Social Security

Top 5 Tips for Divorcees on Social Security Benefits

Many of my divorcing clients have asked me about what happens to their Social Security benefits after they are divorced. I asked Aviva Pinto, the Managing Director of Wealthspire Advisors and a Certified Divorce Financial Analyst, to answer the following questions regarding divorcees receiving Social Security benefits.

1. Am I entitled to Social Security when I get divorced?

If you worked and contributed to Social Security during your working life, you are entitled to your Social Security payments based on your own earnings history.

If you worked but earned less than your spouse, or did not work, and:

a. The marriage lasted at least 10 years.

b. You have not remarried.

c. You are at least 62 years of age.

d. Your ex-spouse is entitled to collect Social Security retirement or disability benefits

then, the lower-earning spouse is entitled to a portion of their ex-spouse’s Social Security benefits. These benefits do not impact the worker spouse’s Social Security payments; rather, they will continue to receive 100% of their benefit.

2. When can I claim Social security benefits?

If your former spouse is already claiming benefits and you are at least 62 years of age, you can claim immediately. If your former spouse is not yet collecting benefits, after you reach 62 years of age, you can claim after being divorced for at least 2 years.

If your ex is deceased and you qualify for survivor benefits on his or her record, you can claim these as early as age 60, and switch to your own benefit (if applicable) later.

If you are entitled to your own Social Security benefit, were born before Jan. 2, 1954, and delay filing until 67, you can file a "restricted application" for the ex-spousal benefit, and file your benefit when you are 70. This will increase your own benefit by 8% for each year you delay, up to age 70.

If you were born after Jan. 1, 1954, you have to file for your own benefit first, even if you have reached full retirement age.

If your ex is deceased and you qualify for survivor benefits on his or her record, you can claim as early as age 60, in most cases —and switch to your own benefit later.

3. How much am I entitled to?

The divorcing spouse is entitled to a maximum of 50% of their former spouse’s benefit. You can receive the maximum if you file at full retirement age (67). Benefits will be reduced if you claim before you reach 67.

If you are already receiving Social security based upon your own work record, you can also claim any ex-spousal benefits you are eligible for, but you will only receive whichever amount is higher.

If you claim benefits before full retirement age (67) and your former spouse is living, you will always collect benefits on your own record first. If you are eligible for a higher payment on the ex-spouse's record, you will receive a combination of benefits equal to the higher amount. Claiming early will permanently reduce both benefits.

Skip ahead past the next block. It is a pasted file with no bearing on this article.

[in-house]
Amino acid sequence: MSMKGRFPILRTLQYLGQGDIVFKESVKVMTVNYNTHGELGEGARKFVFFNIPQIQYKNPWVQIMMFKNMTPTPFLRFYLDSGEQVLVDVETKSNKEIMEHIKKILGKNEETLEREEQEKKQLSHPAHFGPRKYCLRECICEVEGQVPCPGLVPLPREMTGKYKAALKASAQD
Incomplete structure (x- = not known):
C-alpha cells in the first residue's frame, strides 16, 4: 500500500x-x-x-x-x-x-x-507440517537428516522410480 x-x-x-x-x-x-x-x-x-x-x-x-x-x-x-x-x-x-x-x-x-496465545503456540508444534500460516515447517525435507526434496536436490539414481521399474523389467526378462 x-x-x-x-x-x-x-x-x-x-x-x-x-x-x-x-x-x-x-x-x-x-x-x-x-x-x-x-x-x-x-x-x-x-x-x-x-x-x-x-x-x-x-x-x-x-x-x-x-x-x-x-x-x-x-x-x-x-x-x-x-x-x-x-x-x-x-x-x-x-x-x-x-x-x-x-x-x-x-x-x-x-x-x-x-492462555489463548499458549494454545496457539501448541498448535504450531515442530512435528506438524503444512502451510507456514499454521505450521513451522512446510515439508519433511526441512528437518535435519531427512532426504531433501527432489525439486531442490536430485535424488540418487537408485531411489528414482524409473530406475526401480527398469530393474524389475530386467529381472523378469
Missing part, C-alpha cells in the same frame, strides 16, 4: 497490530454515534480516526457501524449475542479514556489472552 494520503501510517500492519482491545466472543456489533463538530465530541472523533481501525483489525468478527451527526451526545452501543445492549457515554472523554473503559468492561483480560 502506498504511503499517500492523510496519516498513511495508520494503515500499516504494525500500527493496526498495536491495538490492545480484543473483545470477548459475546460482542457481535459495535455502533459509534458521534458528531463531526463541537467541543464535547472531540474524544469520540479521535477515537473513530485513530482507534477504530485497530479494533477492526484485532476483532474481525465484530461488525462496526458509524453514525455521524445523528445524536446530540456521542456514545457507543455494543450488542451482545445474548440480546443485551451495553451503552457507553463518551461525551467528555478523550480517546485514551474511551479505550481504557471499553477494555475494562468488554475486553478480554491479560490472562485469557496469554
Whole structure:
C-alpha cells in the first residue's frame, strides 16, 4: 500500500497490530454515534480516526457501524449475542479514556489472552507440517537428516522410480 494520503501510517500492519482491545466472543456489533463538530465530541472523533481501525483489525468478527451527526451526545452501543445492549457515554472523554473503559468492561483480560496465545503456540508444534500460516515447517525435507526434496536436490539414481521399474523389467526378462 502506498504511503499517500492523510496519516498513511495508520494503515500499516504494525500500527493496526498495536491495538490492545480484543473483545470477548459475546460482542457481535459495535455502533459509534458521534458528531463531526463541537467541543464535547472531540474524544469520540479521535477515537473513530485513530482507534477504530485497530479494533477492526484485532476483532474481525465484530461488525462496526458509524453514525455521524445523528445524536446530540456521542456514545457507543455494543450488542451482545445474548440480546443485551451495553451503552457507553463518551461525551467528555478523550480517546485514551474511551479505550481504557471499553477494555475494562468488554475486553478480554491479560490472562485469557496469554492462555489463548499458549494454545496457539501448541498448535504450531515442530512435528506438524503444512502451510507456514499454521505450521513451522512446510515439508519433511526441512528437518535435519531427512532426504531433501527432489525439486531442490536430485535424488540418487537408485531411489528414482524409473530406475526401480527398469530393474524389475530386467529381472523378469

4. What happens if I remarry?

If you remarry, you are required to report marital status changes to Social Security and the benefits will end.

If your ex-spouse is deceased, you can remarry and continue collecting survivor benefits as long as you were 60 or older when you remarried (50 or older if you are disabled).

You can also receive widow benefits from a prior marriage that ended in widowhood.

A divorced person who had multiple marriages can receive a divorced spouse benefit (from the most recent marriage) surviving divorced spouse benefit, or widow/widower benefit.

5. Who should I speak to about my Social Security benefits?

In order to maximize your entitlement to Social Security benefits, and to determine when to apply for these benefits, speak to your financial advisor or accountant. Your divorce attorney should also be aware of your expected Social Security payments in order to properly plan for your financial future.

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Aviva Pinto is a Managing Director of Wealthspire Advisors. She is a CDFA® (Certified Divorce Financial Analyst) and CDS™ (Certified Divorce Specialist). Aviva works with divorcing clients to determine the most appropriate course of action for their financial assets and to plan for their best financial future. For more info, you can contact Aviva at or 646-230-8985. Aviva’s bio is here:

Wealthspire Advisors LLC is a registered investment adviser and subsidiary company of NFP Corp.

This document is not intended to constitute legal, tax or accounting advice or a solicitation. Any communication from Wealthspire Advisors is not a substitute for obtaining legal, tax or accounting advice from a qualified attorney, tax or accounting advisor. You should not act upon any such information without first seeking the advice of qualified legal counsel, tax or accounting advisor with respect to your specific situation.